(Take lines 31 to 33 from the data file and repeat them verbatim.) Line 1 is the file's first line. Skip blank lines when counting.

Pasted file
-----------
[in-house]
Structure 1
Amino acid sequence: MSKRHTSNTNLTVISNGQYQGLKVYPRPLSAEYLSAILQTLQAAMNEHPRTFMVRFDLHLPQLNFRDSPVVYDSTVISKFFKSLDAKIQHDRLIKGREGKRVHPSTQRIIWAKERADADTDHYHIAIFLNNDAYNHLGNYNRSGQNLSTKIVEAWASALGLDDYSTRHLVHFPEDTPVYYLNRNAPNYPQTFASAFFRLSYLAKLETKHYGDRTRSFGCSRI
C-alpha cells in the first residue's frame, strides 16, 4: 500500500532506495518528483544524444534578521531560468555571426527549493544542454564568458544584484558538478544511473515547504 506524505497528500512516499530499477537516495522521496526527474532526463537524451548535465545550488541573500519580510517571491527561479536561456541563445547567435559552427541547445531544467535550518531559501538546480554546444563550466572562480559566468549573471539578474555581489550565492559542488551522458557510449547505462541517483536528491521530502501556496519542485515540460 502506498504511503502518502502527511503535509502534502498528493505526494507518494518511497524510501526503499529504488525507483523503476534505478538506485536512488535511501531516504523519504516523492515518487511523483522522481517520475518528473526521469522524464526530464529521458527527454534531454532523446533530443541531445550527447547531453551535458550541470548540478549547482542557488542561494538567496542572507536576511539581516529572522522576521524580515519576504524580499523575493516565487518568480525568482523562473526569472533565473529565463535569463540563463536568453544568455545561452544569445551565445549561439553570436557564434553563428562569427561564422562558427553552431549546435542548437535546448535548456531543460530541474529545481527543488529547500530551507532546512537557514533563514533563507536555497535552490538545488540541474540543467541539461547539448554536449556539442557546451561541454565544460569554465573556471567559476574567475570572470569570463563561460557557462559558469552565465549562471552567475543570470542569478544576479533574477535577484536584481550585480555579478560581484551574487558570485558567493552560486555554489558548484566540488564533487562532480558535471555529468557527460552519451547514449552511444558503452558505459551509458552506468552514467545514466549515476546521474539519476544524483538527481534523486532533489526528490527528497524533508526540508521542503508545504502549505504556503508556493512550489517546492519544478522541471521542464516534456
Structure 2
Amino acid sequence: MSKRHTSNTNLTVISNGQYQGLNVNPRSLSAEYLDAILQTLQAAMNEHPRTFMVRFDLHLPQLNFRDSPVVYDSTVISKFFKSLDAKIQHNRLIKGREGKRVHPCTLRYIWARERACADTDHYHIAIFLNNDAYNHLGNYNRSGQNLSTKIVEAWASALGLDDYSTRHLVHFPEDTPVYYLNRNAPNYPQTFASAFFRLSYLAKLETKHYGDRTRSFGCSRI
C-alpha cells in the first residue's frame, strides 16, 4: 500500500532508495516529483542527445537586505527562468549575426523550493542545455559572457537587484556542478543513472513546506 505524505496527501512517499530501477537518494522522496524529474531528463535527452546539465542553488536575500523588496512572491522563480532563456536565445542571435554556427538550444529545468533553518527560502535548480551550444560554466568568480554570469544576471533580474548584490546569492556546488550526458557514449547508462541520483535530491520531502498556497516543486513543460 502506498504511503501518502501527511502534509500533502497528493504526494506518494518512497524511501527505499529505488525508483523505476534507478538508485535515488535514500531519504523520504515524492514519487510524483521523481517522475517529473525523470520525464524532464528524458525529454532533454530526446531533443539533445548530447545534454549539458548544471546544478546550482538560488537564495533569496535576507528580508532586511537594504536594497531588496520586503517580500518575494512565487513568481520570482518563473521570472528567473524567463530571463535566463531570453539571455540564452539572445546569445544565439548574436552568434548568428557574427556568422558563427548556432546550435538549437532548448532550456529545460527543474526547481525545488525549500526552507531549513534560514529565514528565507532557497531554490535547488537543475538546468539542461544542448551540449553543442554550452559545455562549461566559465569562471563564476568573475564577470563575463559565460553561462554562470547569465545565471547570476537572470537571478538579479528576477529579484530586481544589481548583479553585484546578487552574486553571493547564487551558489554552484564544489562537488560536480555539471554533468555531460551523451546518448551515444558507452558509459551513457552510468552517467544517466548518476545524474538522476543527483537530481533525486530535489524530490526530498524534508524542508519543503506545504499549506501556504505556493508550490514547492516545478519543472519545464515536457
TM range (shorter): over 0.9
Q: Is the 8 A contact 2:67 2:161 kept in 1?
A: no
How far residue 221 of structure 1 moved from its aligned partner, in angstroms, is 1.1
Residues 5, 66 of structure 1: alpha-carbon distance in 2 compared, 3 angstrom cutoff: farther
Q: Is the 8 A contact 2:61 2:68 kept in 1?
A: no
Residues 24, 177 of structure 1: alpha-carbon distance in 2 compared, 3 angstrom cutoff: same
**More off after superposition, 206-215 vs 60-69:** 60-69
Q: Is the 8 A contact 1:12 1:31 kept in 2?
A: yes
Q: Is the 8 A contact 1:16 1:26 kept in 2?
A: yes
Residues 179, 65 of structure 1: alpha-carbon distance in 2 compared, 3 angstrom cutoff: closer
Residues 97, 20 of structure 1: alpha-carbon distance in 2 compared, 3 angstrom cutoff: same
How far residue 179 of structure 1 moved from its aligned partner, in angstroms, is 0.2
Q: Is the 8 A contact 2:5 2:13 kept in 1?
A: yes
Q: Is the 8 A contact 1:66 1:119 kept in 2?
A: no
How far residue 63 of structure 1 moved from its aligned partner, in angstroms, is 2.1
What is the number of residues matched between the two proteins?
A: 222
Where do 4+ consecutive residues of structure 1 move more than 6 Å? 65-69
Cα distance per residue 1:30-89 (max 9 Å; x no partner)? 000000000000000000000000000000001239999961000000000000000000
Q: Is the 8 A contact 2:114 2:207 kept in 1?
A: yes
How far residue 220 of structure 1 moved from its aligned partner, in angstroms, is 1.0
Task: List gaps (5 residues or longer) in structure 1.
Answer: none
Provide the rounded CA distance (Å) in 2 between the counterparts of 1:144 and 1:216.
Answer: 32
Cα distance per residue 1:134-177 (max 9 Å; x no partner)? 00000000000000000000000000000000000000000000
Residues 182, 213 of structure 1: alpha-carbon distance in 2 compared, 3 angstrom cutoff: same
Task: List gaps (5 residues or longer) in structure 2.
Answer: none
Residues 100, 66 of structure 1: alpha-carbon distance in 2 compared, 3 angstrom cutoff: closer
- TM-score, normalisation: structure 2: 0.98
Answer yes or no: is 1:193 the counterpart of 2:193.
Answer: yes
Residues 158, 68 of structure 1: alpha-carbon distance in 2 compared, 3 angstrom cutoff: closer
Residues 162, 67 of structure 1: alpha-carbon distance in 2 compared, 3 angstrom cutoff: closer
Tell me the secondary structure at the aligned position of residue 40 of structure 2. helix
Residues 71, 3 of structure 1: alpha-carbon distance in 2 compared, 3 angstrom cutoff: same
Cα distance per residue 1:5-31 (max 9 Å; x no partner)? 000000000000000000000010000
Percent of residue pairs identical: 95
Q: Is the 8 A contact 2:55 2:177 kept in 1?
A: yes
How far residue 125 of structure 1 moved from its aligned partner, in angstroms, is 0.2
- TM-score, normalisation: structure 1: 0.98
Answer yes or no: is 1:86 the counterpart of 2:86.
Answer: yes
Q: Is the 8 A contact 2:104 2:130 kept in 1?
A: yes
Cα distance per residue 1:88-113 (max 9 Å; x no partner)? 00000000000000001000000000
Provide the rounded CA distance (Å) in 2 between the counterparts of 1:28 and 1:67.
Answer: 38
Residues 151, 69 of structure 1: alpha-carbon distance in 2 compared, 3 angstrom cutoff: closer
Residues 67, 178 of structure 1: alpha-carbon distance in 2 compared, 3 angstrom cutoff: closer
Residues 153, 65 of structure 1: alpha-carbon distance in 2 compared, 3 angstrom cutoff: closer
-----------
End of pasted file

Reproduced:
Where do 4+ consecutive residues of structure 1 move more than 6 Å? 65-69
Cα distance per residue 1:30-89 (max 9 Å; x no partner)? 000000000000000000000000000000001239999961000000000000000000
Q: Is the 8 A contact 2:114 2:207 kept in 1?